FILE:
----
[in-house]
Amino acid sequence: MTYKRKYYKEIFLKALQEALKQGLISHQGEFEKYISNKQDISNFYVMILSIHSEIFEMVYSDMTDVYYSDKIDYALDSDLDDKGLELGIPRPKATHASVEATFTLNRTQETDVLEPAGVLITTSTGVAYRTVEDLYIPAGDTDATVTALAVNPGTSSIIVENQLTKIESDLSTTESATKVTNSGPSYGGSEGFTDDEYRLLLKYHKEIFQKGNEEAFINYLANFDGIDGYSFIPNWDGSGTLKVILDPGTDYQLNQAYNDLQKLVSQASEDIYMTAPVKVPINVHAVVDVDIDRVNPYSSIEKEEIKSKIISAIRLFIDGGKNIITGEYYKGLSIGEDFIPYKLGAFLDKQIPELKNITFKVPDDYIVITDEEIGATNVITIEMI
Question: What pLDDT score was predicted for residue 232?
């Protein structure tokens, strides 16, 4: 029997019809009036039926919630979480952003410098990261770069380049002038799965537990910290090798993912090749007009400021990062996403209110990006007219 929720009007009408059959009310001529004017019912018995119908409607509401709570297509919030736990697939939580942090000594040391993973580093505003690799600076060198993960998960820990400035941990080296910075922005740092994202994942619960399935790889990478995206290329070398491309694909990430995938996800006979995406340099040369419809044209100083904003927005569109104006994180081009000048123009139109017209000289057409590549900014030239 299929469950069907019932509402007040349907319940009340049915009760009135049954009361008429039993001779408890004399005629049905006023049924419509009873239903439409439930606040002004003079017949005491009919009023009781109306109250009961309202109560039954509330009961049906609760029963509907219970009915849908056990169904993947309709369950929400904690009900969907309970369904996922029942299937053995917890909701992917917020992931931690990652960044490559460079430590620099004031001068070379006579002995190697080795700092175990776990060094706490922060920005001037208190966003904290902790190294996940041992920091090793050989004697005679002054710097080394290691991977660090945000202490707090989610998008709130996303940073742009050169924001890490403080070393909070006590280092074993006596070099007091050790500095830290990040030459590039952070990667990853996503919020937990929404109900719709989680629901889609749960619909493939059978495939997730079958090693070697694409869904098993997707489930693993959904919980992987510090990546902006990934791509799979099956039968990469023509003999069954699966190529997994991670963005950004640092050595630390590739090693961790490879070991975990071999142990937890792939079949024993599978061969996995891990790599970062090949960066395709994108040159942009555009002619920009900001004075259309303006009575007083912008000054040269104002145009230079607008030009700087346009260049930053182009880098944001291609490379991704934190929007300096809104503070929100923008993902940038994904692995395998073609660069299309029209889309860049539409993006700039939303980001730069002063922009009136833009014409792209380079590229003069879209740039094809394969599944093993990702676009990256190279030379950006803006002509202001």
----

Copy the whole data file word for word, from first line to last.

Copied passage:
[in-house]
Amino acid sequence: MTYKRKYYKEIFLKALQEALKQGLISHQGEFEKYISNKQDISNFYVMILSIHSEIFEMVYSDMTDVYYSDKIDYALDSDLDDKGLELGIPRPKATHASVEATFTLNRTQETDVLEPAGVLITTSTGVAYRTVEDLYIPAGDTDATVTALAVNPGTSSIIVENQLTKIESDLSTTESATKVTNSGPSYGGSEGFTDDEYRLLLKYHKEIFQKGNEEAFINYLANFDGIDGYSFIPNWDGSGTLKVILDPGTDYQLNQAYNDLQKLVSQASEDIYMTAPVKVPINVHAVVDVDIDRVNPYSSIEKEEIKSKIISAIRLFIDGGKNIITGEYYKGLSIGEDFIPYKLGAFLDKQIPELKNITFKVPDDYIVITDEEIGATNVITIEMI
Question: What pLDDT score was predicted for residue 232?
């Protein structure tokens, strides 16, 4: 029997019809009036039926919630979480952003410098990261770069380049002038799965537990910290090798993912090749007009400021990062996403209110990006007219 929720009007009408059959009310001529004017019912018995119908409607509401709570297509919030736990697939939580942090000594040391993973580093505003690799600076060198993960998960820990400035941990080296910075922005740092994202994942619960399935790889990478995206290329070398491309694909990430995938996800006979995406340099040369419809044209100083904003927005569109104006994180081009000048123009139109017209000289057409590549900014030239 299929469950069907019932509402007040349907319940009340049915009760009135049954009361008429039993001779408890004399005629049905006023049924419509009873239903439409439930606040002004003079017949005491009919009023009781109306109250009961309202109560039954509330009961049906609760029963509907219970009915849908056990169904993947309709369950929400904690009900969907309970369904996922029942299937053995917890909701992917917020992931931690990652960044490559460079430590620099004031001068070379006579002995190697080795700092175990776990060094706490922060920005001037208190966003904290902790190294996940041992920091090793050989004697005679002054710097080394290691991977660090945000202490707090989610998008709130996303940073742009050169924001890490403080070393909070006590280092074993006596070099007091050790500095830290990040030459590039952070990667990853996503919020937990929404109900719709989680629901889609749960619909493939059978495939997730079958090693070697694409869904098993997707489930693993959904919980992987510090990546902006990934791509799979099956039968990469023509003999069954699966190529997994991670963005950004640092050595630390590739090693961790490879070991975990071999142990937890792939079949024993599978061969996995891990790599970062090949960066395709994108040159942009555009002619920009900001004075259309303006009575007083912008000054040269104002145009230079607008030009700087346009260049930053182009880098944001291609490379991704934190929007300096809104503070929100923008993902940038994904692995395998073609660069299309029209889309860049539409993006700039939303980001730069002063922009009136833009014409792209380079590229003069879209740039094809394969599944093993990702676009990256190279030379950006803006002509202001």